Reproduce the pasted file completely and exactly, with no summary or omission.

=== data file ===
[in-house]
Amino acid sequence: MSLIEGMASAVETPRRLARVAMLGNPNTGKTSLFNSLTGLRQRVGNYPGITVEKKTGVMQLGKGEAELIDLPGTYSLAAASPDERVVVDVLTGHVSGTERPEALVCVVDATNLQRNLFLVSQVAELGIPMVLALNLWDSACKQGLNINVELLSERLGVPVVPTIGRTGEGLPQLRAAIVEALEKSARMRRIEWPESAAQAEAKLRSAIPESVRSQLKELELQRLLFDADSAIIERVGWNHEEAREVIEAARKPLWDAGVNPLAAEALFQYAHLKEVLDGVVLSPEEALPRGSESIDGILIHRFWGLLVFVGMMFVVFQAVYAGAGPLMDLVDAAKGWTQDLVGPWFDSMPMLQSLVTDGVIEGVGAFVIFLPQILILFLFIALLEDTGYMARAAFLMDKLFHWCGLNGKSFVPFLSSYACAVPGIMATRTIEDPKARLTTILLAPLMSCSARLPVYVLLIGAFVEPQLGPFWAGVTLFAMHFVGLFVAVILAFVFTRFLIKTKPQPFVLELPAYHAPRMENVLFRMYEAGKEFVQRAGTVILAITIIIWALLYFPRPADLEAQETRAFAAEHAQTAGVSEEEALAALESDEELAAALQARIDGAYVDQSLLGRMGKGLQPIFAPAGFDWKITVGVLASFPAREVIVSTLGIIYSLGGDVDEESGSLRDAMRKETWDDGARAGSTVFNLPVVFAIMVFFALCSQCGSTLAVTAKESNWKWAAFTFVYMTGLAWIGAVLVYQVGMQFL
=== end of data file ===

[in-house]
Amino acid sequence: MSLIEGMASAVETPRRLARVAMLGNPNTGKTSLFNSLTGLRQRVGNYPGITVEKKTGVMQLGKGEAELIDLPGTYSLAAASPDERVVVDVLTGHVSGTERPEALVCVVDATNLQRNLFLVSQVAELGIPMVLALNLWDSACKQGLNINVELLSERLGVPVVPTIGRTGEGLPQLRAAIVEALEKSARMRRIEWPESAAQAEAKLRSAIPESVRSQLKELELQRLLFDADSAIIERVGWNHEEAREVIEAARKPLWDAGVNPLAAEALFQYAHLKEVLDGVVLSPEEALPRGSESIDGILIHRFWGLLVFVGMMFVVFQAVYAGAGPLMDLVDAAKGWTQDLVGPWFDSMPMLQSLVTDGVIEGVGAFVIFLPQILILFLFIALLEDTGYMARAAFLMDKLFHWCGLNGKSFVPFLSSYACAVPGIMATRTIEDPKARLTTILLAPLMSCSARLPVYVLLIGAFVEPQLGPFWAGVTLFAMHFVGLFVAVILAFVFTRFLIKTKPQPFVLELPAYHAPRMENVLFRMYEAGKEFVQRAGTVILAITIIIWALLYFPRPADLEAQETRAFAAEHAQTAGVSEEEALAALESDEELAAALQARIDGAYVDQSLLGRMGKGLQPIFAPAGFDWKITVGVLASFPAREVIVSTLGIIYSLGGDVDEESGSLRDAMRKETWDDGARAGSTVFNLPVVFAIMVFFALCSQCGSTLAVTAKESNWKWAAFTFVYMTGLAWIGAVLVYQVGMQFL